Social Designer Marco Federico Cagnoni explores the synergy between human and nature, criticizing the global abuse of toxic substances originating from chemical synthesis and their relative environmental implication. Through a multidisciplinary collaboration with Han Wösten chairman of the Microbiology department at Utrecht University and Gerard Van Buiten director of Utrecht Botanical garden, he developed a novel bioplastic material extracted from the latex of well known Dutch vegetables and plants: Schorseneren (Salsify) and Paardenbloem (Dandelion). Latex is a natural polymer produced by over 12,500 plant species. Marco Cagnoni narrowed this group down to two species that are ideal for making bioplastic. Flexible and long-lasting, this material can replace most synthetic polymers. The plants are also highly nutritious. Rice, potatoes, corn, cassava and sugarcane are the most common sources for current bioplastics. But, with a rapidly expanding global population, turning carbohydrates into plastic is not logical or ethical. Why waste food on bioplastic when you can make bioplastic and food from one plant?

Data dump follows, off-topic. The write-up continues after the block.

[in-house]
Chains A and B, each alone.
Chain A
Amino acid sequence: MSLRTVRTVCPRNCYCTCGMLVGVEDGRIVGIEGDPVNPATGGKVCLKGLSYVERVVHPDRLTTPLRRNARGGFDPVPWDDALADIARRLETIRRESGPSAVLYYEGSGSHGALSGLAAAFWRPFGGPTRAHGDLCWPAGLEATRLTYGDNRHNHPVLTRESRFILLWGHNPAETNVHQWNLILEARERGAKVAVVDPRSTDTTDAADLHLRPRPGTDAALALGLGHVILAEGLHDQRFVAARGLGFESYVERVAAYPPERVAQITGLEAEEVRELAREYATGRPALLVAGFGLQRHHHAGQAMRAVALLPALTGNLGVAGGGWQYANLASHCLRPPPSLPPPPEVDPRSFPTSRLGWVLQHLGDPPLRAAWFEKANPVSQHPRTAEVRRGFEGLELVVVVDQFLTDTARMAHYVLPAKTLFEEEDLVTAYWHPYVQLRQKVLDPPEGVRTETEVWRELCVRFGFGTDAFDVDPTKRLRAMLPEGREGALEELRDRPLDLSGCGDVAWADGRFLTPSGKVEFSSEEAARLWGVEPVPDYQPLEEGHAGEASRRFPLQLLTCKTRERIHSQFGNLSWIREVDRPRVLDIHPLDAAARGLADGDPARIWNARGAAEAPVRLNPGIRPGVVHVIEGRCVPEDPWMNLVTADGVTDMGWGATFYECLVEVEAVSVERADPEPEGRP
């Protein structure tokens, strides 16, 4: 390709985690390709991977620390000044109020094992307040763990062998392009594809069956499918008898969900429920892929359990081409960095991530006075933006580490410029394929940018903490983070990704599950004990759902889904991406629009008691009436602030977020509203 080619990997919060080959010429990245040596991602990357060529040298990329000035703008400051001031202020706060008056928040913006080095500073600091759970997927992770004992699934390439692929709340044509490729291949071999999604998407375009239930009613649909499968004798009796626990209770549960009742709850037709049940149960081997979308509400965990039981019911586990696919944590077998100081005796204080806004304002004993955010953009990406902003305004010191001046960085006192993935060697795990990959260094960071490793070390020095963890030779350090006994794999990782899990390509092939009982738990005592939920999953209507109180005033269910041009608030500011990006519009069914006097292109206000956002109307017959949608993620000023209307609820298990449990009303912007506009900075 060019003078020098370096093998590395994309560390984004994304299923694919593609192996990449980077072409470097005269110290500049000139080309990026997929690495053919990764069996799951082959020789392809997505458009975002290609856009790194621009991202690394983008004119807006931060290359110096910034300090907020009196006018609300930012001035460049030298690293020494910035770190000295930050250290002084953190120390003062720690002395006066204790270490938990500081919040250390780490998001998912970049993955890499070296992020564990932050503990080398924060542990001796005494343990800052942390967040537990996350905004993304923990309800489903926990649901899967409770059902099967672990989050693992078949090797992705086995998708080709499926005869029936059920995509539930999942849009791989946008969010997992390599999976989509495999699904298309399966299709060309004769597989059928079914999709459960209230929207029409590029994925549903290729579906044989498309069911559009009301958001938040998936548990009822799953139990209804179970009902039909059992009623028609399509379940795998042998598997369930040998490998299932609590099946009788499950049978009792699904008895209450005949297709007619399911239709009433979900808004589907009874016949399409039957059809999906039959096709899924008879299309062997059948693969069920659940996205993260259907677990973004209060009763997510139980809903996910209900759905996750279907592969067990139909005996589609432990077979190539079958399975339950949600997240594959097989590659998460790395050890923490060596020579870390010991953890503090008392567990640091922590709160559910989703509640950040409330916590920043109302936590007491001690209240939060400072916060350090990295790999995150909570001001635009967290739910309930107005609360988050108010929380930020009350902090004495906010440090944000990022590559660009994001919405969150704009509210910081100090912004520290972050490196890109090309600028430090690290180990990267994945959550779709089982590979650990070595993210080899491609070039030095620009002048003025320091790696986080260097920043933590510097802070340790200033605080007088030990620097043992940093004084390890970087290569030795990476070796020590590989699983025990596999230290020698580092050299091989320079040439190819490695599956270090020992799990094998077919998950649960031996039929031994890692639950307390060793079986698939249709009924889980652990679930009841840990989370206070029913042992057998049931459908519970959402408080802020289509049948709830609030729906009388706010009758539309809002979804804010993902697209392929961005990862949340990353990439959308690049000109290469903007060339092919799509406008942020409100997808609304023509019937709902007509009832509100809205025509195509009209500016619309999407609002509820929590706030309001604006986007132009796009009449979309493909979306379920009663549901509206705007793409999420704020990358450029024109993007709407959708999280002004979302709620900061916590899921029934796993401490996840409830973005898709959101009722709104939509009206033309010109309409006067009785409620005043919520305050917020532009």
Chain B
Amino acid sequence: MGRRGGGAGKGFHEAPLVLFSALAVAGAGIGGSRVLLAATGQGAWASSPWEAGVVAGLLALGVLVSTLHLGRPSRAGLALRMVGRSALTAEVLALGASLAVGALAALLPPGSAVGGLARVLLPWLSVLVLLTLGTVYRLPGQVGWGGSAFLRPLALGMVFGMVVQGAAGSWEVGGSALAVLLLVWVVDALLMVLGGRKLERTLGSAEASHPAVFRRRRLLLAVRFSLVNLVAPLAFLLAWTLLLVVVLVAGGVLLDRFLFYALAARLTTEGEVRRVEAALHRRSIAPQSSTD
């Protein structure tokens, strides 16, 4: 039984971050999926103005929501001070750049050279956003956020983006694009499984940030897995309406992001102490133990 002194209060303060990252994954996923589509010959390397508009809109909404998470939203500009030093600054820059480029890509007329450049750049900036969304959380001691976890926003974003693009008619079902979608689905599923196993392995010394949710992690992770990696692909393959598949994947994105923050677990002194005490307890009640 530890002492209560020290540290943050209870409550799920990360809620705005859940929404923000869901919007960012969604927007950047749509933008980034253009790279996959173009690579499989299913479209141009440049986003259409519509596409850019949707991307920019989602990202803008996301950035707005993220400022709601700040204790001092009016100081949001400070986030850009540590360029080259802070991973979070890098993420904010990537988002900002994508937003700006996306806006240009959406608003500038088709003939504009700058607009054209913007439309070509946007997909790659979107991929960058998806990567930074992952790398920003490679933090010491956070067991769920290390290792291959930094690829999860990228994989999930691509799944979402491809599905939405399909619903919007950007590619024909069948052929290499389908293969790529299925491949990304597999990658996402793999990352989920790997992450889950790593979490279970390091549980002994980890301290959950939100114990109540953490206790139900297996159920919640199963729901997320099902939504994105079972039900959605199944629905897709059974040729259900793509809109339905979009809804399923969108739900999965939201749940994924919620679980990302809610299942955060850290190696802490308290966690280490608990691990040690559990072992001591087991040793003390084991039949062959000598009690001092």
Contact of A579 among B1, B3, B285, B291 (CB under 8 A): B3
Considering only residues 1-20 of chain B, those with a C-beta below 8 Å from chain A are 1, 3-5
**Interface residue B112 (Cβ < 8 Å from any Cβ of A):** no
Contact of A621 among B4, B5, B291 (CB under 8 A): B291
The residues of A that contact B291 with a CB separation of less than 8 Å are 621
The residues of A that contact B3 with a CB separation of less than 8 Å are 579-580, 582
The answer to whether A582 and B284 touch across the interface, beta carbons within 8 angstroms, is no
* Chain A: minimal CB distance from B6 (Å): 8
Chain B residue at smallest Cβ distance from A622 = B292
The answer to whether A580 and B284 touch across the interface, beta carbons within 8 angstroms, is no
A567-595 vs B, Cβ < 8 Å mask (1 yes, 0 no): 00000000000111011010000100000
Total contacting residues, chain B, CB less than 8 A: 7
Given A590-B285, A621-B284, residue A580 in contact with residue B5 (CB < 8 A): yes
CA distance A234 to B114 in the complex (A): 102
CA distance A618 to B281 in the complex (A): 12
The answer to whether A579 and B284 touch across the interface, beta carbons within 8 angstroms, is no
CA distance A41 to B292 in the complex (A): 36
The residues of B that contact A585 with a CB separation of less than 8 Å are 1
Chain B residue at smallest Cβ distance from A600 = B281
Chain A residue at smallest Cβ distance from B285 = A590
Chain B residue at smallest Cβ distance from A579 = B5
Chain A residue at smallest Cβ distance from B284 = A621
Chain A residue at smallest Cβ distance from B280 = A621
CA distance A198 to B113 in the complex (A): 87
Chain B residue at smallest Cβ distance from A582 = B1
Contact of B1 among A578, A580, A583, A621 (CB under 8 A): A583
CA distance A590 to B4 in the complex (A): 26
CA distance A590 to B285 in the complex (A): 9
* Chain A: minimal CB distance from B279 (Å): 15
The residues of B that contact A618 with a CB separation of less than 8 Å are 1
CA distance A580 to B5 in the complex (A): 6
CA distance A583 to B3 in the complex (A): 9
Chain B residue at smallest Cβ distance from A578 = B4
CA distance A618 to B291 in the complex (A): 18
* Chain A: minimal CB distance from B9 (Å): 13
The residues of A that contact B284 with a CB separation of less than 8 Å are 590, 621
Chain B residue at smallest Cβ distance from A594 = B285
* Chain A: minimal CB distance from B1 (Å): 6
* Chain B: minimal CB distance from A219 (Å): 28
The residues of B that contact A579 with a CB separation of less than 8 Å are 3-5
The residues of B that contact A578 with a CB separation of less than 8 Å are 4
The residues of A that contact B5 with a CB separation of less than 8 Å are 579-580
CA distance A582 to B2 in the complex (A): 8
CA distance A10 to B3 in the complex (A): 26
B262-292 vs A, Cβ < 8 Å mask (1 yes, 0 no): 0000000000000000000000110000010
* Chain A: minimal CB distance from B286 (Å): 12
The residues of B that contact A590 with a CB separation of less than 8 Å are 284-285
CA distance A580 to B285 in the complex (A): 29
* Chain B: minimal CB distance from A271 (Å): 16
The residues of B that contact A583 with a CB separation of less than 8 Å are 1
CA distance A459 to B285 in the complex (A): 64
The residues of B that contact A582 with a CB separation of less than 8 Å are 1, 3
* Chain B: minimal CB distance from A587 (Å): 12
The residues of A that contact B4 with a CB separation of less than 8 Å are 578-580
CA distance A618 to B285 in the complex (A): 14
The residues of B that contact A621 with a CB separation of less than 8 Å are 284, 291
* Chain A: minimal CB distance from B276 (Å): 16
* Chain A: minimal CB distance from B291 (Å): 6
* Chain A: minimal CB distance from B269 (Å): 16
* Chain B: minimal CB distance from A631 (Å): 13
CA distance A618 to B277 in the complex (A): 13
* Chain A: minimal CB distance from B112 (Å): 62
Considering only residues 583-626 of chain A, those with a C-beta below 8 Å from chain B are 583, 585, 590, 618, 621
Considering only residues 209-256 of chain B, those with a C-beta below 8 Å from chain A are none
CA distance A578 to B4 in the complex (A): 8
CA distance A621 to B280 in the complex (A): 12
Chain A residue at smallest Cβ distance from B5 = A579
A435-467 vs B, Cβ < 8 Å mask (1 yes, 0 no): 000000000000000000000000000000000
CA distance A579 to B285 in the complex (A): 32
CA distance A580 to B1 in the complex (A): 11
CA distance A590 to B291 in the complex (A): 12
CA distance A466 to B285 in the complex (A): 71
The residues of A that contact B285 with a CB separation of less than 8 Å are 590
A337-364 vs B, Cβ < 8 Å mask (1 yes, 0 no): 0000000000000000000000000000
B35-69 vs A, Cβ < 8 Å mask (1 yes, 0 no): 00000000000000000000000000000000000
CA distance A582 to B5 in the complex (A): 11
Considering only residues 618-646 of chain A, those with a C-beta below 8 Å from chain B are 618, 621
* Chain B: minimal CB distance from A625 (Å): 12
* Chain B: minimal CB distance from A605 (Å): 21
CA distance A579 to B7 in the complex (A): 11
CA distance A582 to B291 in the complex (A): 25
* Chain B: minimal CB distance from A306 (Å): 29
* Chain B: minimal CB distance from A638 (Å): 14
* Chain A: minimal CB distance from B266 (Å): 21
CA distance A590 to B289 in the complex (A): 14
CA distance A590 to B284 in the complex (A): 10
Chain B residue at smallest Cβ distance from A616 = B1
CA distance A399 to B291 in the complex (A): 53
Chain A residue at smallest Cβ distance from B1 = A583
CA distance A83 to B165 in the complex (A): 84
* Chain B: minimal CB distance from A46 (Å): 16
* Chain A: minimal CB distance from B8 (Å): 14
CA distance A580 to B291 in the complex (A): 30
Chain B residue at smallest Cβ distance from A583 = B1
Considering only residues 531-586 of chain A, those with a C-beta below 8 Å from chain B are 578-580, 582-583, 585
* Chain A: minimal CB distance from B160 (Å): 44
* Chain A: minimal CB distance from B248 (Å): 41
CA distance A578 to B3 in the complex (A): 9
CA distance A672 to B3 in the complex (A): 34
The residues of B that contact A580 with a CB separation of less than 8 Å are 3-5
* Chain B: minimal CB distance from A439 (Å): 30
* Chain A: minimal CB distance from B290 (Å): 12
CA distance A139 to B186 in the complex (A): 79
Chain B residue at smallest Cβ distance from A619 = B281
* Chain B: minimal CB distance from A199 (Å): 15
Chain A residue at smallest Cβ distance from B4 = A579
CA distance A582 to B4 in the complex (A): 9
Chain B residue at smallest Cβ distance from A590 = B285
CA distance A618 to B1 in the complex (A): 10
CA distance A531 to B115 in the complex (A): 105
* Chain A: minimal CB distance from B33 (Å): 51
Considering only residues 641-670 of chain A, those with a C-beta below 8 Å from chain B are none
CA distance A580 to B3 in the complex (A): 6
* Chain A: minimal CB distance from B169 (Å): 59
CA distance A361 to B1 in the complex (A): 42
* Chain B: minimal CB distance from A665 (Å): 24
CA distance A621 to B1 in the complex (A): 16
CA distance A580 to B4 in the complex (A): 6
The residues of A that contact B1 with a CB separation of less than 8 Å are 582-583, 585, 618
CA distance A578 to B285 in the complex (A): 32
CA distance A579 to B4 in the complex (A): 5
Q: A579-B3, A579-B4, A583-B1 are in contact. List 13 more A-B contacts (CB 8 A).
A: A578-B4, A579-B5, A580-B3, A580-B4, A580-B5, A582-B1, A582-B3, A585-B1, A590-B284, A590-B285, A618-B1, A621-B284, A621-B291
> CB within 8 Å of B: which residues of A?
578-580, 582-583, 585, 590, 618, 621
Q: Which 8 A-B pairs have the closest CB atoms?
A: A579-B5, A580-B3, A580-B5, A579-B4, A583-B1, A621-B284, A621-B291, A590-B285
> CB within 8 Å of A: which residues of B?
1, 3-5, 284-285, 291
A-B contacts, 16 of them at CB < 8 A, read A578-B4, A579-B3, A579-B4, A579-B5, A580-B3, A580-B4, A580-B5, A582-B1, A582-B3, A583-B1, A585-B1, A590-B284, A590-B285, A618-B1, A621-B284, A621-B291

Latex from salsify roots.
Plastic Culture in collaboration with Utrecht University for the Talent development (Video)
BioInspired Innovation department of Utrecht University, Utrecht Botanical Research Centre, Microbiology laboratory at Utrecht University
Nicole Marnati, Filippo Tittarelli